Khmer New Year for ExpatsApril 17, 2007
Khmer New Year is one of those holidays when I prefer staying in town. In contrast to Water Festival which turns Phnom Penh’s everyday chaos into mayhem, at New Year it becomes a ghost town. Phew… what a relief… so quiet, peaceful, easy to get around… like 7 o’ clock Sunday morning for three days. I could even ride a bicycle around… if I had one.
I just can”t bring myself to brave the streets here any other time. Bad enough just trying to walk without getting blottoed by 15-year-olds trying to see how fast they can drive through heavy traffic. I certainly would strenuously avoid going to Sihanoukville or any tourist spot during the holiday. The week off between school terms is when I move around Cambodia. The reason was most poignantly illustrated a couple years back when I went to Siem Reap the week after New Year’s. I was told there was a kilometer long line of cars waiting to get into the archeological park during the holiday: when I went, no line at all.
It is, however, really great when you get invited to a family gathering out in the countryside, in spite of the traffic or having to deal with the crowds at the bus terminals. This time I stayed in Phnom Penh at least partly because of a harrowing experience (ok, it was only mentally harrowing) I had starting two weeks before the holiday: My landlord decided to replace the roof and ceilings – I’m on the top floor. In the process the place was totally trashed out and I was forced into hotels for the 10-day duration.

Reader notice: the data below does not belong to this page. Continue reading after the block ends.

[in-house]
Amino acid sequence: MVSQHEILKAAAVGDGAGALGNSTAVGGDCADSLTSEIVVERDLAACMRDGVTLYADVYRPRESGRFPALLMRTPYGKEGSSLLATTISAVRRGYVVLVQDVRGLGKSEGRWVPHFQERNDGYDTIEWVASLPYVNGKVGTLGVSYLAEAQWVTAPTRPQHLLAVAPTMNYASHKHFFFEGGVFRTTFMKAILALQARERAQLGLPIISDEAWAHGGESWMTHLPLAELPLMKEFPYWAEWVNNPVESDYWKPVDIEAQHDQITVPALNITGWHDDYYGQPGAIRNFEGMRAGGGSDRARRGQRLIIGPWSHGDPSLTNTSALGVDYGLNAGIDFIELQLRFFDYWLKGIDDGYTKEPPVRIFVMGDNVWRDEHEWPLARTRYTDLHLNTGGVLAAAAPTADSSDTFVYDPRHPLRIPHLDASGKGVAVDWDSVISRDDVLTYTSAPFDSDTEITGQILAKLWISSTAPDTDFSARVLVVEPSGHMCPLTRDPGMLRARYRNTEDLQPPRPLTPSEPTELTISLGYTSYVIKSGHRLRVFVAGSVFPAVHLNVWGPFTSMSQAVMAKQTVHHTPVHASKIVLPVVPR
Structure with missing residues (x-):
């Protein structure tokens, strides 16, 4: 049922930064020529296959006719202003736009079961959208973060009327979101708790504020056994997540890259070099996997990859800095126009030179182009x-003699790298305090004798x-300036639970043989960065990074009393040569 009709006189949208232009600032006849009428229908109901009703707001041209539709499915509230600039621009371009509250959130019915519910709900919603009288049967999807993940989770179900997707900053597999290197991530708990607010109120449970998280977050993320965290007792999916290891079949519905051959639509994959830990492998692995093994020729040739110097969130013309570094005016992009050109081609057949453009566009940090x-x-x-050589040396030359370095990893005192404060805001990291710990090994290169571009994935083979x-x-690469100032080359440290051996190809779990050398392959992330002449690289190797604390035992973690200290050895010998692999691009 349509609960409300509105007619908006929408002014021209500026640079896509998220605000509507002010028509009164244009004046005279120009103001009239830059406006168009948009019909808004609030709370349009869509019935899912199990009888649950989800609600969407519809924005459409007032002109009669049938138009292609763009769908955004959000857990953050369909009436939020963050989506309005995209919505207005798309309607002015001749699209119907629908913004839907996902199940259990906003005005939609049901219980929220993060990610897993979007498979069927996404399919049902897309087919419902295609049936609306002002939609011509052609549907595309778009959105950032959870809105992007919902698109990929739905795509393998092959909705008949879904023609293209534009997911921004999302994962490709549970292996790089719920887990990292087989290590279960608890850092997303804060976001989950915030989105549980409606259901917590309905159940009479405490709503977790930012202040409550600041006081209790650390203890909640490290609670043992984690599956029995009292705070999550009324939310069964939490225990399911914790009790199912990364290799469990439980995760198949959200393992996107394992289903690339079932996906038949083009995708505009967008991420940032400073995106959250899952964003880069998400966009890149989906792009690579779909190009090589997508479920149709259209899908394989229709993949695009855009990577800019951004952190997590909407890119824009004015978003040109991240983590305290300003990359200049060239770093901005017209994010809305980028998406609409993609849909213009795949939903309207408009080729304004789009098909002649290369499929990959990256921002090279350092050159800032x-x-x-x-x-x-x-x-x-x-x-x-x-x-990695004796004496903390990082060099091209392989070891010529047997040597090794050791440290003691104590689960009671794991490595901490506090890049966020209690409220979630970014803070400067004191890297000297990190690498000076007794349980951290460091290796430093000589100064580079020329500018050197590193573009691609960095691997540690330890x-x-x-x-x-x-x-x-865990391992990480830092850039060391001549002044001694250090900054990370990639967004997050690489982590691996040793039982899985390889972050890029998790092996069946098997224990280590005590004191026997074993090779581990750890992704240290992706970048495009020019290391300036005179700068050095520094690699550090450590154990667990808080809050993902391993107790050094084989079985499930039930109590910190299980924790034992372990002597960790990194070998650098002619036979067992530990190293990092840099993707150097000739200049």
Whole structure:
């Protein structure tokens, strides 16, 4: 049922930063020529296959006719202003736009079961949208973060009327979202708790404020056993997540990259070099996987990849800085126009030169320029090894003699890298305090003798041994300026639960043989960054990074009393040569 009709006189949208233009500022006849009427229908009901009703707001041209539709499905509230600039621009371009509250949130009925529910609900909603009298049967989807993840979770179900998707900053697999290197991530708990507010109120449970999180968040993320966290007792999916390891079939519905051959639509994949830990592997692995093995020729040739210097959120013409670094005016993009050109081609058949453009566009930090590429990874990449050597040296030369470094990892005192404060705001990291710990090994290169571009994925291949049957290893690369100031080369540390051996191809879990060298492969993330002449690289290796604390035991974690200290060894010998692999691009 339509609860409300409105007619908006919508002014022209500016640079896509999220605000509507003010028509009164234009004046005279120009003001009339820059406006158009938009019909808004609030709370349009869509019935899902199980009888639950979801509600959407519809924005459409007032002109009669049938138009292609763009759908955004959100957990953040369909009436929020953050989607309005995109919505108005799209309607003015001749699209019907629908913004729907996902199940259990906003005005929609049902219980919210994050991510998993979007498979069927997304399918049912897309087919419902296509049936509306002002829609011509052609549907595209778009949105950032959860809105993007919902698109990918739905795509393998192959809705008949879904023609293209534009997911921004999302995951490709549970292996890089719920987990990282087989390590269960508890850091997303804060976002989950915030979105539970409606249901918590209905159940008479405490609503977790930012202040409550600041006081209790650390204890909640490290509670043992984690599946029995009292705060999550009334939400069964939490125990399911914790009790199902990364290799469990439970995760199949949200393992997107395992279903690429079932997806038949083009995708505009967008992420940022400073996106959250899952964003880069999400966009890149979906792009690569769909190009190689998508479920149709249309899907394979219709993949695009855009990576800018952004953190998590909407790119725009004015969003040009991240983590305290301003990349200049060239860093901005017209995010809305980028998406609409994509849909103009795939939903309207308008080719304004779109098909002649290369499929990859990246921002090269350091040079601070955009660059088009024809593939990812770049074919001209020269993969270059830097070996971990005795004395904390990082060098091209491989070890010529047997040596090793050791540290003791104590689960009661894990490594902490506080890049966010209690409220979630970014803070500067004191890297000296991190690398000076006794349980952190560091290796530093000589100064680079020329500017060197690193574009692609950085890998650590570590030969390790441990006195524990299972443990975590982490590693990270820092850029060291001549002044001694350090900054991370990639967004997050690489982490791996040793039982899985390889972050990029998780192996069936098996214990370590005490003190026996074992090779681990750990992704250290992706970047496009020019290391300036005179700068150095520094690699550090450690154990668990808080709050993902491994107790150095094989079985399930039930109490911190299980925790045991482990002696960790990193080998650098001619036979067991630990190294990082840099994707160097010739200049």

I had him delay the job until my term break and I was planning to get out of town anyway so it was a bit more tolerable than it would have been otherwise. So first I went to Sihanoukville for two nights. It certainly had changed from the last time I”d been there about a year-and-a-half ago. The first thing you notice is the new Ekareach Street between the hill and downtown. As I”ve mentioned previously (Asphalt Sea, about a year ago) many public officials – especially, it seems, in the developing world – measure their success in how many square meters of space they can cover with asphalt (or some type of pavement). It doesn”t matter if it actually needs to be covered… it”s an ego thing. So there”s now a six lane stretch which allows smooth and easy motoring; except those six lanes can easily carry 60,000 cars a day (and many more motorbikes) and that’ far more cars than even exist in the city. At current growth rates, I figure it”ll take at least 30 or 40 years before the capacity is actually needed.
Seeing that grand new street reminded me of a far more egregious example I witnessed in Thailand a few years ago. There”s a small city named Tak which is on the road between Phitsanoluk which sits on the northern train line and the small town of Mae Sot on the Myanmar border. Mae Sot has a few thousand people, as a whole the border area is very sparsely populated (and a great place to visit). Tak itself has maybe 10,000 people. It may not be the end of nowhere, but it’s unquestionably the middle of not very much.